Most markets rose Monday but investors traded cautiously as they awaited key US inflation data and the Federal Reserve's interest rate decision later this week.
Stocks globally have enjoyed a broadly strong run-up this month on hopes the US central bank will decide against an eleventh successive hike at the end of the meeting on Wednesday.
Positive readings on jobs in the past few weeks -- indicating the economy remained healthy but gave the Fed room to stand pat in June -- have added to the broadly upbeat mood.
However, with the policy board split on the best way forward for fighting still-too-high inflation, there remains a certain amount of uncertainty on trading floors.
The decision comes a day after the release of consumer price inflation data, which could play a major role in officials' thinking.
For now, the forecast is for the Fed to hold this month but announce another hike in July.
"With inflation still well over double the target rate for all central banks can the US Federal Reserve really afford the luxury of a pause, or are they right to be careful given the deflation coming out of China," said CMC Markets' Michael Hewson.
"Growth is already slowing in China post covid, and in Europe, Germany and the EU are already in a technical recession, while the UK probably isn't too far behind."
Policy announcements from the central banks of Japan, China and the eurozone are also due this week, after Canada and Australia unveiled small increases last week.
Meanwhile, concern about China's sluggish recovery and signs of further weakness in Europe continued to weigh on sentiment.
After a positive but light lead from Wall Street -- with the S&P 500 extending its bull market run -- Asian traders battled to build on last week's advances.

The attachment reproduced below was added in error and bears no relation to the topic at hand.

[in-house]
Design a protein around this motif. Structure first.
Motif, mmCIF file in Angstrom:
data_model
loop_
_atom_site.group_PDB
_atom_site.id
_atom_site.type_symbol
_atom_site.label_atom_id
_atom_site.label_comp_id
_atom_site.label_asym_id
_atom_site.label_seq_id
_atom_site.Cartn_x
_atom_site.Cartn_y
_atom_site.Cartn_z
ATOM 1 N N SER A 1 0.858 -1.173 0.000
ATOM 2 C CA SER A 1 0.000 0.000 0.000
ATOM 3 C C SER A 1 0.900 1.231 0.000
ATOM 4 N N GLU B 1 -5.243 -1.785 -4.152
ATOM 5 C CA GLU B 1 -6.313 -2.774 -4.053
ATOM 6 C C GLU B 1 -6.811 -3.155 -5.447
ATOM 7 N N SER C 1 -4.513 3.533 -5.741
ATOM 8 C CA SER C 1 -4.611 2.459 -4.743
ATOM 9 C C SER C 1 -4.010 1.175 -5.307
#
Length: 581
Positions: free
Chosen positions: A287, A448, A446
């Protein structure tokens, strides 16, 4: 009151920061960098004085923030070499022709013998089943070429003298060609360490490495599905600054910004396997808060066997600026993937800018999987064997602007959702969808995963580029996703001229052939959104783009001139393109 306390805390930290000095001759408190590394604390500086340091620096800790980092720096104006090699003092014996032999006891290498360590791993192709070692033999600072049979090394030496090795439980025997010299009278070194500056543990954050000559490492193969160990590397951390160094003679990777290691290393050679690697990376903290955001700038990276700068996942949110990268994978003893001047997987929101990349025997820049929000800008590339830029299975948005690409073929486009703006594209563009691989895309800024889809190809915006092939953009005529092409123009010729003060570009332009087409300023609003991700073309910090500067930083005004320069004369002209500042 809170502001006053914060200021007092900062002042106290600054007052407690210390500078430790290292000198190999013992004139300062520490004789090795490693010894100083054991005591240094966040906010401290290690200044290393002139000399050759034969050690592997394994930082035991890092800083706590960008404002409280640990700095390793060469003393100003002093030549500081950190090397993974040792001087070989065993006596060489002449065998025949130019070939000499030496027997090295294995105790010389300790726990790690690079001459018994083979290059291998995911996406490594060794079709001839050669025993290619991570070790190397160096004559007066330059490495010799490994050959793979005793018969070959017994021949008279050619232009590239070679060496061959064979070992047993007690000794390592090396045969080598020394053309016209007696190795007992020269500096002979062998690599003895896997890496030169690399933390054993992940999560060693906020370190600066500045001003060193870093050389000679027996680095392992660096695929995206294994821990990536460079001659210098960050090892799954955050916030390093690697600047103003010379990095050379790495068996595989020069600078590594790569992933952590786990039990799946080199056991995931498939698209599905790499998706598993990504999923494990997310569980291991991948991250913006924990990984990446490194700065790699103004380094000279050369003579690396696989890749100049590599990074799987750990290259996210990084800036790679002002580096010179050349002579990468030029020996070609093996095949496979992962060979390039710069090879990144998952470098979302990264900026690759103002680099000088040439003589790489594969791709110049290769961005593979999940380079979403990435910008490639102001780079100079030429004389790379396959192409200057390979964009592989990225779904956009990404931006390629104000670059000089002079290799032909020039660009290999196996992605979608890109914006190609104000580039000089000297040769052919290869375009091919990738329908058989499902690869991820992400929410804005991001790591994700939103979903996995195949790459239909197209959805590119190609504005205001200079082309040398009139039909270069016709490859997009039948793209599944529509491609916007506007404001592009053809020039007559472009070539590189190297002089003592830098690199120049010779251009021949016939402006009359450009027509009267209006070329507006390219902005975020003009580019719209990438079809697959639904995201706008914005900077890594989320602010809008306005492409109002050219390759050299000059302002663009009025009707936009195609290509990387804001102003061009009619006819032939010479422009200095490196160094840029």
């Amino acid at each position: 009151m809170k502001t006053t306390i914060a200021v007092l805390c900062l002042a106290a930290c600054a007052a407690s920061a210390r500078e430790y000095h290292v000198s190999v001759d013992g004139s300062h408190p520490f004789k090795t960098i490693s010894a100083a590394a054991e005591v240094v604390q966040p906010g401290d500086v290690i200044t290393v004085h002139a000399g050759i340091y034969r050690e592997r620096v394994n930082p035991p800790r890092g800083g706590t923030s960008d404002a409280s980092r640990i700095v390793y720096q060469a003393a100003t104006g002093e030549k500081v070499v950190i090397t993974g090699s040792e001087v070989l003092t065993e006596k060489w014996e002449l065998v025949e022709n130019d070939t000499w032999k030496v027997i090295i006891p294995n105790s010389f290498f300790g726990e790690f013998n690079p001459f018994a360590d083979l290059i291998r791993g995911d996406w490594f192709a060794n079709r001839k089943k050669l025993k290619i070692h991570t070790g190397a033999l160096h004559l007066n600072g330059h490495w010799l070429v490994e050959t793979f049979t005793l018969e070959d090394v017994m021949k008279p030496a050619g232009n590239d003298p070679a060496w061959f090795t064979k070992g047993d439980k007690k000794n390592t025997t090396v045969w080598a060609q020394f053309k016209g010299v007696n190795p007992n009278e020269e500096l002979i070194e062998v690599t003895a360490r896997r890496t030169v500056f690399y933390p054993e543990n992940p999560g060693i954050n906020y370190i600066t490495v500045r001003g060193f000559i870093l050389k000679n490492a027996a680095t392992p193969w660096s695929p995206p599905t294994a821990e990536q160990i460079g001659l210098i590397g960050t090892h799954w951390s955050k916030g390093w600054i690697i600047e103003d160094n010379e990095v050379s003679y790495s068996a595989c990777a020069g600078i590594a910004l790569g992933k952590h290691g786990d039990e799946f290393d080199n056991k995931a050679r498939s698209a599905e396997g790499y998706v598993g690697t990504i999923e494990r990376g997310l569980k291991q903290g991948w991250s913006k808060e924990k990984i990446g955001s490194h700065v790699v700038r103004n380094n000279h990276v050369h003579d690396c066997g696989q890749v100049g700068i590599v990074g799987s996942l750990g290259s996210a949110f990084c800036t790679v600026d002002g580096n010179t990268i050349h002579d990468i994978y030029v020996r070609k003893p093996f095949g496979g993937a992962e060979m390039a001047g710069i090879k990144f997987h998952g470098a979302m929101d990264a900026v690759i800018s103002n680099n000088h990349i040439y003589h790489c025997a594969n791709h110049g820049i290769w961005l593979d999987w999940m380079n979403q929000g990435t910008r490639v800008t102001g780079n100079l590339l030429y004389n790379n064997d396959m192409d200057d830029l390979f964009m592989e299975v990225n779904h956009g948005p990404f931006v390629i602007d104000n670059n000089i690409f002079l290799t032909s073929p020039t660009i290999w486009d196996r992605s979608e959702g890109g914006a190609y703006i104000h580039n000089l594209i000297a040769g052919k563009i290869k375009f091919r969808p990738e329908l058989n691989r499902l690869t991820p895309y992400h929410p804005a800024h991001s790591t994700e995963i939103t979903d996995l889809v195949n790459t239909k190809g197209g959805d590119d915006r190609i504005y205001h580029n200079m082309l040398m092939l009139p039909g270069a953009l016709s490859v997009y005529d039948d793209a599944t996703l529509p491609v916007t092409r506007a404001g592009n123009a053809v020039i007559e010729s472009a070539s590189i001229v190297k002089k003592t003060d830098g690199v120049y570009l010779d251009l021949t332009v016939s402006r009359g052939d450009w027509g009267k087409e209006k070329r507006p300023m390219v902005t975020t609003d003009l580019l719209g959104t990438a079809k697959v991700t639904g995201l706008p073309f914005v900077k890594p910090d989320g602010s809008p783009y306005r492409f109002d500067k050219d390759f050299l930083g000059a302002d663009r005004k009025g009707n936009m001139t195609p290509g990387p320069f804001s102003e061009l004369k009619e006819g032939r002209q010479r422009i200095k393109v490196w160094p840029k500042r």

Tokyo, Hong Kong, Mumbai, Singapore, Jakarta and Taipei rose but Shanghai, Seoul, Bangkok and Wellington dipped.
London, Paris and Frankfurt rose in the morning.
Solita Marcelli, of UBS Global Wealth Management, warned against thinking the latest gains for equities could be the beginning of a rally.
"While many investors believe that passing this milestone puts markets in bull territory, it remains possible that we are seeing a bear market rally -- a period of strong gains that occurs in the middle of a bear market," she said.
"Until markets reach a new all-time high, it's impossible to know whether the bear market trough -- the ultimate low of the market cycle -- is behind us."
And Mike Riddell, of Allianz Global Investors, said that while the US economy appeared to still be holding up, there was a possibility of a "nasty recession" before the year's end owing to numerous rate hikes.
"Our base case is for a moderate-to-deep recession -- and potentially crises -- as the unprecedented pace of global policy tightening seen over the last year starts to really bite."
Worries about a possible recession -- as well as China's weakness -- and the impact that could have on demand weighed on oil prices Monday, extending Friday's losses of more than one percent for both contracts.
The drop came even after Saudi Arabia's surprise decision last weekend to cut output by a million barrels a day next month, and possibly for longer.